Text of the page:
By Kevin Komiega
—Brocade executives took the stage in New York this week at the company's annual meeting with investors and analysts to detail the company's latest products and to temper some of the hype and expectations swirling around the availability of Fibre Channel over Ethernet (FCoE) and Converged Enhanced Ethernet (CEE) networking technologies.
FCoE is an emerging storage protocol—currently being put through its paces by the standards bodies—that will allow Fibre Channel traffic to travel over Ethernet networks. CEE, also under review, is a necessary piece of the puzzle as it turns unreliable Ethernet networks into a "lossless" transport mechanism for FCoE and making it reliable enough to handle critical data.
However, there is some debate among vendors and analysts as to when the technologies will be available to end users.
A cadre of companies, led by Cisco, Emulex, and QLogic, demonstrated FCoE-capable switches, adapters, and cabling products at Storage Networking World in April—an event dubbed by many as FCoE's coming-out party.
Cisco debuted the Nexus 5000 series of data-center-class switches, which are essentially 10GbE switches with optional software licenses that allow users to turn on FCoE functionality once the standards have been ratified. QLogic threw its hat in the FCoE ring with a line of converged network adapters (CNAs) that support FCoE connectivity, and Intel announced support for FCoE on its family of 10GbE server adapters.
Emulex also participated in the SNW demo session by displaying a line of FCoE-based CNAs. The company claims its products are "already in customers' hands" while Brocade is still outlining its FCoE road map. Mike Smith, executive vice president of worldwide marketing at Emulex, says, "Emulex's 12-plus years of Fibre Channel experience lends to FCoE greatly, as the key to FCoE is true interoperability with existing networks and the ability to extend users' existing Fibre Channel investments."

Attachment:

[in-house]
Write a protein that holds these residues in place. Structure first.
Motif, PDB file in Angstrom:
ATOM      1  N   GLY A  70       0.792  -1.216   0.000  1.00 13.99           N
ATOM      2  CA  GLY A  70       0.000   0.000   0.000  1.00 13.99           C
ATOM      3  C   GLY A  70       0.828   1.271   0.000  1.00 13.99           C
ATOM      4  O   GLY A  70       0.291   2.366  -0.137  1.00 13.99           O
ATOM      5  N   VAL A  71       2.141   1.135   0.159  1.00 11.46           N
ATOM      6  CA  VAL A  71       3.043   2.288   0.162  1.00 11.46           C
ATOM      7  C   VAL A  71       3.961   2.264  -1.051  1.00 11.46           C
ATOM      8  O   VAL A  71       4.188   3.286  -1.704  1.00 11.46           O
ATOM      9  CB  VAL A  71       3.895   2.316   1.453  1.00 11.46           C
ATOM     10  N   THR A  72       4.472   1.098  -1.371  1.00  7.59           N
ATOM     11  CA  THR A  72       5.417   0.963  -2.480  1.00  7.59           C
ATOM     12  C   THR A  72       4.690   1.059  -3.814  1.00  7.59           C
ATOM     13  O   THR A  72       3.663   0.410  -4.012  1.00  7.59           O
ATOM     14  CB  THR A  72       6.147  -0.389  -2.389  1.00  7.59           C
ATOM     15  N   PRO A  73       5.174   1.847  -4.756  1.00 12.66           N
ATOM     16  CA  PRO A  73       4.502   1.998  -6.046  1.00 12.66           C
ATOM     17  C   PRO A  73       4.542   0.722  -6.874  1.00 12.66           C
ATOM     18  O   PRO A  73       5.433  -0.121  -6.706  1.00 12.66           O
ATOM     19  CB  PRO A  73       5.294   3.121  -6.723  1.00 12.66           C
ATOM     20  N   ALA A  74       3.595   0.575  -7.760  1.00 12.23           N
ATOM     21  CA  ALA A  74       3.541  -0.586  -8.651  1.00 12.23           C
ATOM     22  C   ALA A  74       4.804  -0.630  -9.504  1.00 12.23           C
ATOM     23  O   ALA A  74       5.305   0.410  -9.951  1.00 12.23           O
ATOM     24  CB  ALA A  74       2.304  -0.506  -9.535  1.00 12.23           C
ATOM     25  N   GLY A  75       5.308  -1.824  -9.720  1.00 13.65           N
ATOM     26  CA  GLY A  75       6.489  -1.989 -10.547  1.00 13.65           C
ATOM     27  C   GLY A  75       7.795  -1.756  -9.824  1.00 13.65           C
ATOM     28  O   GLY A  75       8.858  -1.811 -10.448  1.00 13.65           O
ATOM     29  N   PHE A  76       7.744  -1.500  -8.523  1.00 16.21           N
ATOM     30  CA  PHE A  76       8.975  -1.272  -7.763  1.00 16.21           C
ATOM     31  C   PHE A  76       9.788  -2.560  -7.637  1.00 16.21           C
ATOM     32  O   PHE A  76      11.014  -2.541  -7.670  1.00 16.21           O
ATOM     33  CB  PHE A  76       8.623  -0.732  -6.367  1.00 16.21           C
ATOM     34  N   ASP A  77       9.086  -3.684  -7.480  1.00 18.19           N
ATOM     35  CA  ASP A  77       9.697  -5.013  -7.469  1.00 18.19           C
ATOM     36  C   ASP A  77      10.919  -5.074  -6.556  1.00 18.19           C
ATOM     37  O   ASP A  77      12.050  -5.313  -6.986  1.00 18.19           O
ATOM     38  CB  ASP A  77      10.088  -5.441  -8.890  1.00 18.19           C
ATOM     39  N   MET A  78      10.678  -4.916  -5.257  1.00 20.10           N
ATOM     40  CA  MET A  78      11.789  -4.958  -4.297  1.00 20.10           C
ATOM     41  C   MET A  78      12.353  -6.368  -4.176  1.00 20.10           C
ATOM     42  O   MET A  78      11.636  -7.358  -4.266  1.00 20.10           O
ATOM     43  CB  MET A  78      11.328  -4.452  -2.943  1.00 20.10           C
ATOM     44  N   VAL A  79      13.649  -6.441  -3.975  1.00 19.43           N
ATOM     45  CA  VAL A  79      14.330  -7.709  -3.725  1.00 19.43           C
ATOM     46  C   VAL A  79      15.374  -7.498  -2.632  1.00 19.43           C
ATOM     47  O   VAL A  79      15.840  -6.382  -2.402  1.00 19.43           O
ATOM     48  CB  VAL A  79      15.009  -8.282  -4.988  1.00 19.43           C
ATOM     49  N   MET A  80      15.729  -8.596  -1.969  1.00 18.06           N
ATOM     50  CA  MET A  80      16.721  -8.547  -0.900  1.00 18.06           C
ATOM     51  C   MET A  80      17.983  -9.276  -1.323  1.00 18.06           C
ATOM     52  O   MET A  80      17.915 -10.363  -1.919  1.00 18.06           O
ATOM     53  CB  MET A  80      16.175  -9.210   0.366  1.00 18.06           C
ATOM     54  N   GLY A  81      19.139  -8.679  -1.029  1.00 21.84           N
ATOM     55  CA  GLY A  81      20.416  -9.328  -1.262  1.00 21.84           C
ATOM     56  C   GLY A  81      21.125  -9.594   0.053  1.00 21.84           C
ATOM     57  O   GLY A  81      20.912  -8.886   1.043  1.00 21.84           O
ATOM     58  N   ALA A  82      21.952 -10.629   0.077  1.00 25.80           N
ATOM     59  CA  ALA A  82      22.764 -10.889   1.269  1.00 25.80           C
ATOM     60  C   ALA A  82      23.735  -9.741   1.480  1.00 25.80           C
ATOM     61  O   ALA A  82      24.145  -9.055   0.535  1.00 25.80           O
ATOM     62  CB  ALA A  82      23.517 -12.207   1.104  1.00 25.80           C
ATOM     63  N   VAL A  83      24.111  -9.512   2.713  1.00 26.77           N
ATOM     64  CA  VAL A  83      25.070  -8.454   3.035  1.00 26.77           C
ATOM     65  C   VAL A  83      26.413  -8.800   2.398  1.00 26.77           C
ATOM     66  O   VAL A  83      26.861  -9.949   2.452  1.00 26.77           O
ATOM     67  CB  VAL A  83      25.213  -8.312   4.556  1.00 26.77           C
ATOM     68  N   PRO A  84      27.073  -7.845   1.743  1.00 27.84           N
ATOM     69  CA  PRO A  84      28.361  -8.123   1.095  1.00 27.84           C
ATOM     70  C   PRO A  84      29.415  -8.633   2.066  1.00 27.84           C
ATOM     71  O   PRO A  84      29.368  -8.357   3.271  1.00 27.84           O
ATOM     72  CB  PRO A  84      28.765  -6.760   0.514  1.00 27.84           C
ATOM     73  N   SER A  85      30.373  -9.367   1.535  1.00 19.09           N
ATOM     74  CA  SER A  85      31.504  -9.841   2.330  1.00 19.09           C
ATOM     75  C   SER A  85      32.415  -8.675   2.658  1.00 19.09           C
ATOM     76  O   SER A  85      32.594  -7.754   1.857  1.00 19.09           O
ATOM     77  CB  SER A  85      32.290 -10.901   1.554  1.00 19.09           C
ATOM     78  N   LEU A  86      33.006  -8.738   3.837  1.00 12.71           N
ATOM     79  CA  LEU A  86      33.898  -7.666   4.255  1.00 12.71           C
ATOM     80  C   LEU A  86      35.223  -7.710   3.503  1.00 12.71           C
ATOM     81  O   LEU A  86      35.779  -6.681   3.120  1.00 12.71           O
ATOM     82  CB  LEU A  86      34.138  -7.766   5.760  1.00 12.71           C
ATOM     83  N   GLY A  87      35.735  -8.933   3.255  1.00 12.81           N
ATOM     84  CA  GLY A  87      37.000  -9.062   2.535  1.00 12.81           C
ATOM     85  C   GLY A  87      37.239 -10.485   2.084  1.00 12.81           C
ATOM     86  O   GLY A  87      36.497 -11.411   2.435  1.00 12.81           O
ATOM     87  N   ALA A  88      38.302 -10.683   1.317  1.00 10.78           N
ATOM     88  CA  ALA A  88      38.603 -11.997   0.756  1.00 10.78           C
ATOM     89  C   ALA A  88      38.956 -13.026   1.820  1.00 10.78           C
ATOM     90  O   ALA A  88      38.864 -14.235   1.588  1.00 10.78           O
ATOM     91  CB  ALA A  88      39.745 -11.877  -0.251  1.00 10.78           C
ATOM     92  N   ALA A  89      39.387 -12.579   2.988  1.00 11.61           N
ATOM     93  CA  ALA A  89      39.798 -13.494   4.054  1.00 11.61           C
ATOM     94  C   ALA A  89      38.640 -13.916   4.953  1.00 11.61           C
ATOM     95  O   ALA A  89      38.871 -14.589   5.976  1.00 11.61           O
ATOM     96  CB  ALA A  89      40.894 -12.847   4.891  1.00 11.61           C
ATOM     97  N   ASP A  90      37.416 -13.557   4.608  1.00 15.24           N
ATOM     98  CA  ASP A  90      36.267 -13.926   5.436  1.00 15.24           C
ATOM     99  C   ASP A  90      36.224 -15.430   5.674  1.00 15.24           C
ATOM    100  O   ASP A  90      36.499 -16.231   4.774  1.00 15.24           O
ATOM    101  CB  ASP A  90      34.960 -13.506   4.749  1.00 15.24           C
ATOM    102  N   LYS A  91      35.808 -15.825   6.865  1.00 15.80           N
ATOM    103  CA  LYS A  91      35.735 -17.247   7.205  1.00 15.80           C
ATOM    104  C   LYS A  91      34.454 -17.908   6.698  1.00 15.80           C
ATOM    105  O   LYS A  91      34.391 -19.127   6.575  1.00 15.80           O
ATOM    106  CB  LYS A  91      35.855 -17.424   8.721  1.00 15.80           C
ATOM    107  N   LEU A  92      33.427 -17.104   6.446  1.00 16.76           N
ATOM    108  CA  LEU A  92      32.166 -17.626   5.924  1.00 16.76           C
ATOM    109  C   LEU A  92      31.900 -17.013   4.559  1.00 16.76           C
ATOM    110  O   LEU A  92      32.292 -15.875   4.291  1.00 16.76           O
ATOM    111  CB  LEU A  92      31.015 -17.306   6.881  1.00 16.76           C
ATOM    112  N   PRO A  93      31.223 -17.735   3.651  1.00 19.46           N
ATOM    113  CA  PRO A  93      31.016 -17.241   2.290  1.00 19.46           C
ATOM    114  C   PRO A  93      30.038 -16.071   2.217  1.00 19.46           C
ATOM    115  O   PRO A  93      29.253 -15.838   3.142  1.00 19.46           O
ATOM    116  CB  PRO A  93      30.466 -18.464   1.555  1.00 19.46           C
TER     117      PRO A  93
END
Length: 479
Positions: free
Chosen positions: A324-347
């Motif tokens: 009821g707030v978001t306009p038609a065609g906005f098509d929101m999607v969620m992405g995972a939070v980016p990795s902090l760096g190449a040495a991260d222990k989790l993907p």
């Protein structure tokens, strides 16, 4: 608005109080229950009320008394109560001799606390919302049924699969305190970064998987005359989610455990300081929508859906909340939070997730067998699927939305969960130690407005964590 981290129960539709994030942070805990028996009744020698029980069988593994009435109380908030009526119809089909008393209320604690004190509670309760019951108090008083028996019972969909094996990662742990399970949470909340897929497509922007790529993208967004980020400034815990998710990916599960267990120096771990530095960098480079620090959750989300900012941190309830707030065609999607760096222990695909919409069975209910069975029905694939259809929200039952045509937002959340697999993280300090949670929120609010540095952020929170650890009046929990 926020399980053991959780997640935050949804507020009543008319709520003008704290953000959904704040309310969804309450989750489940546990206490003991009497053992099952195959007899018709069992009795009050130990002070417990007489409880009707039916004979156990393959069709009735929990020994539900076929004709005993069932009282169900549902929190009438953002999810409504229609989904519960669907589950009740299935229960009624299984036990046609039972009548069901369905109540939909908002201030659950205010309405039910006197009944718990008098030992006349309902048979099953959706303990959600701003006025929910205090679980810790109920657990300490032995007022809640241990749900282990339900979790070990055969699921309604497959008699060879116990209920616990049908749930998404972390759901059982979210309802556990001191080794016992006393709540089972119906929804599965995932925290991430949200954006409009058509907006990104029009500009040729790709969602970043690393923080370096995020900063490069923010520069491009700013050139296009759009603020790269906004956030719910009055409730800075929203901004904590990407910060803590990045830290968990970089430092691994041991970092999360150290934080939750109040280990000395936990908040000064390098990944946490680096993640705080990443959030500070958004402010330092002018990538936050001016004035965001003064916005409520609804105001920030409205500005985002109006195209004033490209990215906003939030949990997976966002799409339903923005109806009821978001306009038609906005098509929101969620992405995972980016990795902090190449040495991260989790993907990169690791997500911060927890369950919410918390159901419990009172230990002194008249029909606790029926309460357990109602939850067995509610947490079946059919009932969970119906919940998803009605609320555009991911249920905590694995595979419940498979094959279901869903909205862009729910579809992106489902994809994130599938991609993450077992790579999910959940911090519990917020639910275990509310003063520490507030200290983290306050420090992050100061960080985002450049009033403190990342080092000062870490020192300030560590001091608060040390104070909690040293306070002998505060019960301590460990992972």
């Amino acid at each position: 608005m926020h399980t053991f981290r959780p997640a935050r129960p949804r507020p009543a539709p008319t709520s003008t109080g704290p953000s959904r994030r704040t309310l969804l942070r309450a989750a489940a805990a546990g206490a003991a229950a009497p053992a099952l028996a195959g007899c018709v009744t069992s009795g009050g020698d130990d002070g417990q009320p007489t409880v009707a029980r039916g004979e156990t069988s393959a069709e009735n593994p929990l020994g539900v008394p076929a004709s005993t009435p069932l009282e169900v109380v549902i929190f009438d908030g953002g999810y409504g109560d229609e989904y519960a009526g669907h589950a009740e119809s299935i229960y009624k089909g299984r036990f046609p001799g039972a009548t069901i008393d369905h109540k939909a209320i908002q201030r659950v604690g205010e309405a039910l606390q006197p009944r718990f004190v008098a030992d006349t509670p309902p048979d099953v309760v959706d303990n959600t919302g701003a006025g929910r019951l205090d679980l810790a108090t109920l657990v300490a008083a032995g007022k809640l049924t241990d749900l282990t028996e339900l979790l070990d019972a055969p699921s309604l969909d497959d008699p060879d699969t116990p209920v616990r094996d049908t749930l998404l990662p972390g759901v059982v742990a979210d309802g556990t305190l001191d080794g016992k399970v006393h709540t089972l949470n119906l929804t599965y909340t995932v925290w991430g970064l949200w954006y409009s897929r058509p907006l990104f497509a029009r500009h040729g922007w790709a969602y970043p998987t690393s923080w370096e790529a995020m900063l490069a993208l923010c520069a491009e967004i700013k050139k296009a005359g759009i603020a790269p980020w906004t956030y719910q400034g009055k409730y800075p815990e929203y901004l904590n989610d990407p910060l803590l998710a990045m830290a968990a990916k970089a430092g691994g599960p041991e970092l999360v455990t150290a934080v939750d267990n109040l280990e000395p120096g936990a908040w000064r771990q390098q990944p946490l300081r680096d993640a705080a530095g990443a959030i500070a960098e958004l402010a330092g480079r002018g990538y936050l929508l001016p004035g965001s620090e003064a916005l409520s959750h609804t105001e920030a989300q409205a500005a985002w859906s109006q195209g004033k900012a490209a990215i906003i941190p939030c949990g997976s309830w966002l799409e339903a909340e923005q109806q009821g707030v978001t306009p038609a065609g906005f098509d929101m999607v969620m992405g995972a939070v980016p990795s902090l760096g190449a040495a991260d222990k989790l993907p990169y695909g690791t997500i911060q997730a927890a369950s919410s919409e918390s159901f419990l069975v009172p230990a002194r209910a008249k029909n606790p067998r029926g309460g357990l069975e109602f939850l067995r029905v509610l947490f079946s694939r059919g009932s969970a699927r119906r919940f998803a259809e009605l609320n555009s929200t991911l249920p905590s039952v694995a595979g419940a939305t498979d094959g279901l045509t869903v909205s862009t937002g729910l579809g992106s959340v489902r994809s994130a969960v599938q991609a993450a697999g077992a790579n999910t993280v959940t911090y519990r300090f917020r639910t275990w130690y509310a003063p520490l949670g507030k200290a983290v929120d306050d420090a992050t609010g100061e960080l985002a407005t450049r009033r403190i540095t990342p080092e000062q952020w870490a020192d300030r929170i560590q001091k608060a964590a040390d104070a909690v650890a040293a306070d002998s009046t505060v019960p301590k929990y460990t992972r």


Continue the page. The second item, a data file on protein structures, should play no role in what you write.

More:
Brocade, however, is offering what it considers to be a more pragmatic timeline for FCoE and CEE-based products, stating that the technologies are likely to be adopted by customers incrementally, to extend their existing networks, with greatest impact initially on the server side of the data center.
Ian Whiting, vice president and general manager of Brocade's Data Center Infrastructure Division, says FCoE and CEE technologies will not be ready for prime time this year.
"Standards-based FCoE products will come into the market at the end of this year and the early part of 2009," predicts Whiting. "Next year will be when end users begin trying it out, and 2010 will be the year we see adoption on the server side."
TheInfoPro (TIP), an independent IT research firm, supports Brocade's views that while customers are aware of these developing technologies, their plans are to carefully assess and evaluate the impact of the new standards and technologies prior to deploying them in production data-center environments.
TheInfoPro recently polled storage and networking users from 152 Fortune 1000 companies and found that 84% of users have no immediate plans to deploy FCoE, with only 9% stating that FCoE deployment is in their long-term plans.
Whiting says Brocade will begin delivering rack switches and HBAs once FCoE and CEE have been vetted by the standards bodies later this year. However, he does believe that users need to adjust their thinking about data-center designs now in order to be ready once the technologies are available.
"If you believe some of the press out there, FCoE is going to happen next Tuesday and it's going to be cheap and easy to use, but in reality it is going to require a different switch and adapter infrastructure," says Whiting.
In the meantime, Brocade is pushing hard to convert IT professionals into true believers when it comes to its Data Center Fabric strategy with new products such as the DCX Backbone platform and the company's recently released 8Gbps Fibre Channel SAN switches and HBAs.
Brocade's FCoE products are expected to include FCoE and CEE module options for the DCX Backbone platform, a 10Gbps FCoE switch in a "top of rack" model or as an edge switch to an existing storage network and 10Gbps FCoE server adapters.